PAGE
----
dd if=/dev/urandom | pv | dd of=/dev/null
1,74MB 0:00:09 [ 198kB/s] [ <=> ]
Probably you’ll prefer to use dd with status=progress option, it’s just a sample.
Tree simply shows the directory hierarchy in a graphical (text mode) way. Useful to see where files and subfolders are.
xxd Make a hexdump or do the reverse
sudo xxd /dev/nvme0n1p1 | less
zcat Just like cat, but for compressed filed.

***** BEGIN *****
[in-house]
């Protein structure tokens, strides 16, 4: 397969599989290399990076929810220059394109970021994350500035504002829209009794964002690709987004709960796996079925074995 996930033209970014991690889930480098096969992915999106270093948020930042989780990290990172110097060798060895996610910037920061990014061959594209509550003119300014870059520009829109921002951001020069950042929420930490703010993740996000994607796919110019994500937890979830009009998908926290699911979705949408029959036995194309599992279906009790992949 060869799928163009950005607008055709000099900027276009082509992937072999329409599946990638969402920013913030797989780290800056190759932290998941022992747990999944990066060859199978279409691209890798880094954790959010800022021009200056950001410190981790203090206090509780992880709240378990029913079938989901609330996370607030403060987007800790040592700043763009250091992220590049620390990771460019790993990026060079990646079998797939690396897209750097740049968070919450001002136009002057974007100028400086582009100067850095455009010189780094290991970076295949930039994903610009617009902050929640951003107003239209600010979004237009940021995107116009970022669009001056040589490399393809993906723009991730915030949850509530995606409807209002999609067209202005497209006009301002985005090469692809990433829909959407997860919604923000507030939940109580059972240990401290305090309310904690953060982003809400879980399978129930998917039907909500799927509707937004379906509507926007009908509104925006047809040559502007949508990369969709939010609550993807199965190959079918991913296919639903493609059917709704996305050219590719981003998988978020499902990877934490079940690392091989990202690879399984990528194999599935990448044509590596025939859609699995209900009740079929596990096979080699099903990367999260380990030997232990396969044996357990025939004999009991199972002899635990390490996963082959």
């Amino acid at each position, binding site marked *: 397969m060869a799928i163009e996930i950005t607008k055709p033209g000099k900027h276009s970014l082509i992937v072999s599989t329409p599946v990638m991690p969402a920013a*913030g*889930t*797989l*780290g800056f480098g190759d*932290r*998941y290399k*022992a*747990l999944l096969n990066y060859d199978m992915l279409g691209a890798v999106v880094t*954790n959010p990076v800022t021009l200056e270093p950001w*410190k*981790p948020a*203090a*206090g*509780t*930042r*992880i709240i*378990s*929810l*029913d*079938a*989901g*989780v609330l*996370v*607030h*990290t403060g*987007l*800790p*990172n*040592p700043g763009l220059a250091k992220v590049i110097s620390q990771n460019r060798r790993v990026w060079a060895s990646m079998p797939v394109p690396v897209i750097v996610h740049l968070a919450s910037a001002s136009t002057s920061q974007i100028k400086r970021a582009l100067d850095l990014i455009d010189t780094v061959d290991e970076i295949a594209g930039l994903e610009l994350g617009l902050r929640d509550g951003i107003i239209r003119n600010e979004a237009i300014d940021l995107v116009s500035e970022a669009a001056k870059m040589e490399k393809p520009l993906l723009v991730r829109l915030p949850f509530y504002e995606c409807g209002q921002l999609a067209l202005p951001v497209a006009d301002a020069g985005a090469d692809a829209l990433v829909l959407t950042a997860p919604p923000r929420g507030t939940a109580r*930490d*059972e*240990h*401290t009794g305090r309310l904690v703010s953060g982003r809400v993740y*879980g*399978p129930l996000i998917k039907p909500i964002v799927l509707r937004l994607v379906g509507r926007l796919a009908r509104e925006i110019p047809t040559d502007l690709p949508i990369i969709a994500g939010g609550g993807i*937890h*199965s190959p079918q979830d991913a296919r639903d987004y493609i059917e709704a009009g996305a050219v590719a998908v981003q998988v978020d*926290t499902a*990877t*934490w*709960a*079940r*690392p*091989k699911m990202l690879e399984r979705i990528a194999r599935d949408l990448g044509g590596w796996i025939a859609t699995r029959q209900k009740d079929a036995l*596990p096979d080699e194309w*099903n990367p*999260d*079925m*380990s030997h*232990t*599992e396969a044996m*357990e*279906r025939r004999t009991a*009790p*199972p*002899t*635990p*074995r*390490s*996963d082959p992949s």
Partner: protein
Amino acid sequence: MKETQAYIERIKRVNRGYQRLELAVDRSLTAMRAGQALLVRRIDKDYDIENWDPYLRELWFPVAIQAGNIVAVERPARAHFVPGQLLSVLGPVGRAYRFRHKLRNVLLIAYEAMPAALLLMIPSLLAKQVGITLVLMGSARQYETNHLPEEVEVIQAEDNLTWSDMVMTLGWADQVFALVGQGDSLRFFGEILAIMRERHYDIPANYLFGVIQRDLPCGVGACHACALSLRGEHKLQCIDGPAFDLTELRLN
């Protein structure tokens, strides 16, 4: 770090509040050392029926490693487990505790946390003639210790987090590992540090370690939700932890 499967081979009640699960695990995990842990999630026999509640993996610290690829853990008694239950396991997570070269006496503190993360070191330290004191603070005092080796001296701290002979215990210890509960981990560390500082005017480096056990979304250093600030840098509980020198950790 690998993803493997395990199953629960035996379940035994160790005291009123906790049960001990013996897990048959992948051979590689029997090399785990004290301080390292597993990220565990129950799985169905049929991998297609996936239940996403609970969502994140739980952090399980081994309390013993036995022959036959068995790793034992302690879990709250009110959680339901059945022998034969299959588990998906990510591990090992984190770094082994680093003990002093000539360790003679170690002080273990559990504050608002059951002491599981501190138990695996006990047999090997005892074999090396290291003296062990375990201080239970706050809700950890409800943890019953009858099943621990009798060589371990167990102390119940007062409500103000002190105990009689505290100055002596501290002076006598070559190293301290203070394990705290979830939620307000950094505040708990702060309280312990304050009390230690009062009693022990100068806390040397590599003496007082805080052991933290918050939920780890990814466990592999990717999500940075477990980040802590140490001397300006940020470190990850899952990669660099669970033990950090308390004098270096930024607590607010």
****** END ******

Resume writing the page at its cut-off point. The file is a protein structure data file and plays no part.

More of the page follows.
zcat logs.tar.gz | grep "Error"
zcat logs.tar.gz | less
Sergey Davidoff stumbled upon a project called compcache that creates a RAM based block device which acts as a swap disk, but is compressed and stored in memory instead of swap disk (which is slow), allowing very fast I/O and increasing the amount of memory available before the system starts swapping to disk. compcache was later re-written under the name zRam and is now integrated into the Linux kernel.